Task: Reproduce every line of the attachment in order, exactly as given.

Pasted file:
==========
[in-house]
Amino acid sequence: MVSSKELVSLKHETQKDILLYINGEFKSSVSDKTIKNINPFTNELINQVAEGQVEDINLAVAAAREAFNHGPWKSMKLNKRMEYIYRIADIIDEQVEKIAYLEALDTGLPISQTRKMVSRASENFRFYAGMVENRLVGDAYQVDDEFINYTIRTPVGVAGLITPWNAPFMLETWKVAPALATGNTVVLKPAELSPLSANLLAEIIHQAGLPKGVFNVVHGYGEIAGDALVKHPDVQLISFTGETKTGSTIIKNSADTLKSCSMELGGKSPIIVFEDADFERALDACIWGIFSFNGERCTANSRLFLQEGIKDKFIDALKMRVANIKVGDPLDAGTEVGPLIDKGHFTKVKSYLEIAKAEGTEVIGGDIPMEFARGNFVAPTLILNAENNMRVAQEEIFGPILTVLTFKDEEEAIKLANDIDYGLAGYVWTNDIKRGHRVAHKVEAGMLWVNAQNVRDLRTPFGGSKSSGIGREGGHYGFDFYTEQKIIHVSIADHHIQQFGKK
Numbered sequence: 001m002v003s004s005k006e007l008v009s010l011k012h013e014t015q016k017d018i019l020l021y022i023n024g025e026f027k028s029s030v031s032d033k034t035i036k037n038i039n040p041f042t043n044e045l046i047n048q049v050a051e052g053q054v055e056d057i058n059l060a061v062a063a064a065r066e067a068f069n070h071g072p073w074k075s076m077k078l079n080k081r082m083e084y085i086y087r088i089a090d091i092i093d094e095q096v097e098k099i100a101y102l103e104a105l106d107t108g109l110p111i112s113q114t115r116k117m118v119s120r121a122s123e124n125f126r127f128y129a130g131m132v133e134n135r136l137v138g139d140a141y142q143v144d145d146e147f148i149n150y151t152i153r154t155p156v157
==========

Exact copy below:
[in-house]
Amino acid sequence: MVSSKELVSLKHETQKDILLYINGEFKSSVSDKTIKNINPFTNELINQVAEGQVEDINLAVAAAREAFNHGPWKSMKLNKRMEYIYRIADIIDEQVEKIAYLEALDTGLPISQTRKMVSRASENFRFYAGMVENRLVGDAYQVDDEFINYTIRTPVGVAGLITPWNAPFMLETWKVAPALATGNTVVLKPAELSPLSANLLAEIIHQAGLPKGVFNVVHGYGEIAGDALVKHPDVQLISFTGETKTGSTIIKNSADTLKSCSMELGGKSPIIVFEDADFERALDACIWGIFSFNGERCTANSRLFLQEGIKDKFIDALKMRVANIKVGDPLDAGTEVGPLIDKGHFTKVKSYLEIAKAEGTEVIGGDIPMEFARGNFVAPTLILNAENNMRVAQEEIFGPILTVLTFKDEEEAIKLANDIDYGLAGYVWTNDIKRGHRVAHKVEAGMLWVNAQNVRDLRTPFGGSKSSGIGREGGHYGFDFYTEQKIIHVSIADHHIQQFGKK
Numbered sequence: 001m002v003s004s005k006e007l008v009s010l011k012h013e014t015q016k017d018i019l020l021y022i023n024g025e026f027k028s029s030v031s032d033k034t035i036k037n038i039n040p041f042t043n044e045l046i047n048q049v050a051e052g053q054v055e056d057i058n059l060a061v062a063a064a065r066e067a068f069n070h071g072p073w074k075s076m077k078l079n080k081r082m083e084y085i086y087r088i089a090d091i092i093d094e095q096v097e098k099i100a101y102l103e104a105l106d107t108g109l110p111i112s113q114t115r116k117m118v119s120r121a122s123e124n125f126r127f128y129a130g131m132v133e134n135r136l137v138g139d140a141y142q143v144d145d146e147f148i149n150y151t152i153r154t155p156v157